10. #10
    C++まいる!Cをこわせ! Elysia's Avatar
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    You propose to turn a safer solution into an error prone one? If you go entirely c++, you should not have to worry about these problems.
    Quote Originally Posted by Adak View Post
    io.h certainly IS included in some modern compilers. It is no longer part of the standard for C, but it is nevertheless, included in the very latest Pelles C versions.
    Quote Originally Posted by Salem View Post
    You mean it's included as a crutch to help ancient programmers limp along without them having to relearn too much.

    Outside of your DOS world, your header file is meaningless.

  11. #11
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    Quote Originally Posted by Elysia View Post
    You propose to turn a safer solution into an error prone one? If you go entirely c++, you should not have to worry about these problems.
    What do you mean by "entirely c++"?

  12. #12
    a_capitalist_story
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    What's more error-prone about what I provided? Other than I should have used snprintf over sprintf.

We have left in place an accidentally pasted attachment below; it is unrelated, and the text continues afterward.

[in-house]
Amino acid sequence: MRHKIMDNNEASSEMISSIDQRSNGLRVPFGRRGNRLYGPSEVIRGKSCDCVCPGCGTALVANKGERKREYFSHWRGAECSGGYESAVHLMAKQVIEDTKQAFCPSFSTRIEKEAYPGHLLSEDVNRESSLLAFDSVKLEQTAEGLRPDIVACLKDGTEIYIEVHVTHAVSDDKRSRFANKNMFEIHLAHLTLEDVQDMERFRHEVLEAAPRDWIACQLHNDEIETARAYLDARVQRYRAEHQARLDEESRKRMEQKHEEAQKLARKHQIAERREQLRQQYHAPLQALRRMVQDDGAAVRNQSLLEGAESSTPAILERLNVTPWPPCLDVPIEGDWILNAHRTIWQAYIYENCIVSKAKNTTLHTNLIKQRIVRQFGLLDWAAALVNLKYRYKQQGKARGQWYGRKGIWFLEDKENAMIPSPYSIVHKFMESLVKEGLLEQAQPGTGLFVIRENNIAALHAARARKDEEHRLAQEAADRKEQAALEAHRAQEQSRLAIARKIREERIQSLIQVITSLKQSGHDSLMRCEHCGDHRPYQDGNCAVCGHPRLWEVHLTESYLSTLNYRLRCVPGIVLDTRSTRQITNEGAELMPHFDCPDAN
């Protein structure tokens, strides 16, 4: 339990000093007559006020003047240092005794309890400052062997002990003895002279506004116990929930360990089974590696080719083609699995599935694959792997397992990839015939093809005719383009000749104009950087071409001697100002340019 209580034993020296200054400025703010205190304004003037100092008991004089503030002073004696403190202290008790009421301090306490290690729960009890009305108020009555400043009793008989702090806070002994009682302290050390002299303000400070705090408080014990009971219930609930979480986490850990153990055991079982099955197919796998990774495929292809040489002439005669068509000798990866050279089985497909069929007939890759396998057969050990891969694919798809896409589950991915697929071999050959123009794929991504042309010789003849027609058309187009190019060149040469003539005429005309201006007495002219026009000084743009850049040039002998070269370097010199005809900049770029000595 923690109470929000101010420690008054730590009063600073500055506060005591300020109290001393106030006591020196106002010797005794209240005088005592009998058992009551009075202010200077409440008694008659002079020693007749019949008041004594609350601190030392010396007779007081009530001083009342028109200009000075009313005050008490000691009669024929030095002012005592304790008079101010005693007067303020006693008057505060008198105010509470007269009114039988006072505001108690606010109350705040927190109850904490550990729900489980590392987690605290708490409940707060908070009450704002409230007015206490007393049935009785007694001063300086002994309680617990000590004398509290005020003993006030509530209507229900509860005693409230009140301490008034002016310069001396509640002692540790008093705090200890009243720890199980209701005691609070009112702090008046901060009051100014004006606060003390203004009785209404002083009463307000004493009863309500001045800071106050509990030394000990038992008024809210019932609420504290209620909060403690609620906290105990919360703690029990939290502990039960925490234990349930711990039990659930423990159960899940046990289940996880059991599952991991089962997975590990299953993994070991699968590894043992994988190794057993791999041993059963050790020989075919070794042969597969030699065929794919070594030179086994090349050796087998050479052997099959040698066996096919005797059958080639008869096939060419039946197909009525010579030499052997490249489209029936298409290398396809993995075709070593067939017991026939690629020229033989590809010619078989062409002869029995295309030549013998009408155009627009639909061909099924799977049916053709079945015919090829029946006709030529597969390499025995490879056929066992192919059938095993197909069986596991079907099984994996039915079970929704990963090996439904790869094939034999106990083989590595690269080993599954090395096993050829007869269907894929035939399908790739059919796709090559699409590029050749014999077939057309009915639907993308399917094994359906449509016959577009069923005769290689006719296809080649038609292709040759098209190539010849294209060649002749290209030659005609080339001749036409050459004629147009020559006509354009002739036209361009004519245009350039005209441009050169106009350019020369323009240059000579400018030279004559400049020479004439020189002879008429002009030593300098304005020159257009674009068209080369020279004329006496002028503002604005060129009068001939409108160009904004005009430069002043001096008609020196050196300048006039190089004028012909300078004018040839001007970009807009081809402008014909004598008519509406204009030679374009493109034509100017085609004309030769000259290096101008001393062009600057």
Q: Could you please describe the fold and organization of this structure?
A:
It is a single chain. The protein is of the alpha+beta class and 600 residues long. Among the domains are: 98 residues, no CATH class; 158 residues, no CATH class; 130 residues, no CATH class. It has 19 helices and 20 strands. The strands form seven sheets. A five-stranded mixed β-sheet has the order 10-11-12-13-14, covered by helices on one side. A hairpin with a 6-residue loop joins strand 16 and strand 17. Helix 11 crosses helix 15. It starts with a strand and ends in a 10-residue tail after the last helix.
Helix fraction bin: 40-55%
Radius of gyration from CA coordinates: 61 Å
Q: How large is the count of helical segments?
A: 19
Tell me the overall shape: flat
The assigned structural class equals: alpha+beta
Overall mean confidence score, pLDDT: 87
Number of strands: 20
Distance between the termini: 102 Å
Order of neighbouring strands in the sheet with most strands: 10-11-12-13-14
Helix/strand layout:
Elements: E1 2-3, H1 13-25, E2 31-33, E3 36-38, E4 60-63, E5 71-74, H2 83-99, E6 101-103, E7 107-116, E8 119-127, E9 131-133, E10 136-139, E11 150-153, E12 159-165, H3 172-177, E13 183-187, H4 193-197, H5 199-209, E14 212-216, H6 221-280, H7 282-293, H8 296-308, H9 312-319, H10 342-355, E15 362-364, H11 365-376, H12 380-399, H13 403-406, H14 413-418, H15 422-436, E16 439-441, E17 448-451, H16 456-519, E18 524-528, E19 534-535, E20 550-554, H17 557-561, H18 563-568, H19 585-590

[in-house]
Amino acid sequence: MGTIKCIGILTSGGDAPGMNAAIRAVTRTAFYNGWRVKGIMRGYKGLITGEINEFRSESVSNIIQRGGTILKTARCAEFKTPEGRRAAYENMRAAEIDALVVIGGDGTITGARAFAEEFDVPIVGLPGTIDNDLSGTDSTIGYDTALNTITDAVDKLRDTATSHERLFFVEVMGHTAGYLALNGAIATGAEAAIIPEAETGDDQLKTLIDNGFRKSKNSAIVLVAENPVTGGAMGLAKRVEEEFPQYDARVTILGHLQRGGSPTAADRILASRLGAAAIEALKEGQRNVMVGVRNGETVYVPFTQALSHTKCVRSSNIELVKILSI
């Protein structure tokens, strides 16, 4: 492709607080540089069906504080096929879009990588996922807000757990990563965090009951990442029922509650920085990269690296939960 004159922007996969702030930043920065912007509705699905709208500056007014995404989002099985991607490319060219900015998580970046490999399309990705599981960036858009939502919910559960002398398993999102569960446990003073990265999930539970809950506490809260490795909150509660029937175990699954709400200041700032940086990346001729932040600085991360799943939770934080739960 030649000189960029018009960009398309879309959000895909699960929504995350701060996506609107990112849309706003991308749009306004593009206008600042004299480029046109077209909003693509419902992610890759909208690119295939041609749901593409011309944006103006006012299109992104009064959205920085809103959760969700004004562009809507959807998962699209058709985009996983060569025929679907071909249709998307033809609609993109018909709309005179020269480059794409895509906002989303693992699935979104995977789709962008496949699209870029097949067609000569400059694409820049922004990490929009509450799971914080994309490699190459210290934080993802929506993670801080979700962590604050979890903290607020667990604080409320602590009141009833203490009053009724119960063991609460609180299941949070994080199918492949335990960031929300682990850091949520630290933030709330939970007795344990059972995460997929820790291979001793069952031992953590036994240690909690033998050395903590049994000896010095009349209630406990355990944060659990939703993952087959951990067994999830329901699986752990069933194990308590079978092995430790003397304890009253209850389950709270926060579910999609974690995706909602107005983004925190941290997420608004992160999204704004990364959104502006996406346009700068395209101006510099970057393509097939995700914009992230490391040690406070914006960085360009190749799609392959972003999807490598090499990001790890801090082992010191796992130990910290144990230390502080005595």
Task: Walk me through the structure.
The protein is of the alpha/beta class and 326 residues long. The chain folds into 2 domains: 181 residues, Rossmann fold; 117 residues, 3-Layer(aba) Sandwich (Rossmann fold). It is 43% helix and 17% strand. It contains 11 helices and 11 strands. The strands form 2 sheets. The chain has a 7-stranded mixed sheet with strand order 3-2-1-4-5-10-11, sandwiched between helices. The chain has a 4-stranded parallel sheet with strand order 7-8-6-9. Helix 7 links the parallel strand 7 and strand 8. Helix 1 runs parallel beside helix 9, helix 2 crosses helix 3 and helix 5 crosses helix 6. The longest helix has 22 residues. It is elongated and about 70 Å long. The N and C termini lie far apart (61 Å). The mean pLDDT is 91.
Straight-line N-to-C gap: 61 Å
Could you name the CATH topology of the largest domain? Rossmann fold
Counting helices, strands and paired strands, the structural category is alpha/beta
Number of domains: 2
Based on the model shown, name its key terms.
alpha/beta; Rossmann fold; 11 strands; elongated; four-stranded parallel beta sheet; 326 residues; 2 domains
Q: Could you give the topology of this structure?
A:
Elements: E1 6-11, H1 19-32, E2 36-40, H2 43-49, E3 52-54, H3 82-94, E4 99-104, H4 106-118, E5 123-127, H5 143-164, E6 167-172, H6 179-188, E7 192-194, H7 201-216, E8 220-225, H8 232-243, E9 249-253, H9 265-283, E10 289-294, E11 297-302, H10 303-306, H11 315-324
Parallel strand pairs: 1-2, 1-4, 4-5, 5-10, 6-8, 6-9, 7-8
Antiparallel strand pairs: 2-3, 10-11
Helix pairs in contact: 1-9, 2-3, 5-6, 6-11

Code:
    snprintf(dir, sizeof(dir), "Data/%s/%s.dat", typeItems[type], name);
    or is it because I didn't use the sainted Windows "safe stdio" calls?

  13. #13
    C++まいる!Cをこわせ! Elysia's Avatar
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    You used sprintf over strcat_s, which would make it less safe.
    But why are we bothering with C API in the first place? This is C++. If we want to use sprintf, we can use Boost.Format. Or we can use std::string.
    Quote Originally Posted by Adak View Post
    io.h certainly IS included in some modern compilers. It is no longer part of the standard for C, but it is nevertheless, included in the very latest Pelles C versions.
    Quote Originally Posted by Salem View Post
    You mean it's included as a crutch to help ancient programmers limp along without them having to relearn too much.

    Outside of your DOS world, your header file is meaningless.

  14. #14
    Algorithm Dissector iMalc's Avatar
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    Don't try and do this:
    Code:
    name=new char[SendMessage(hListBox,LB_GETTEXTLEN,(WPARAM)id,NULL)+1];
    Trying to do all that one one line spells trouble. At the very least it means that you're never checking the return value of SendMessage is what you expect.
    What if it's returning -1?!
    Split it over two lines.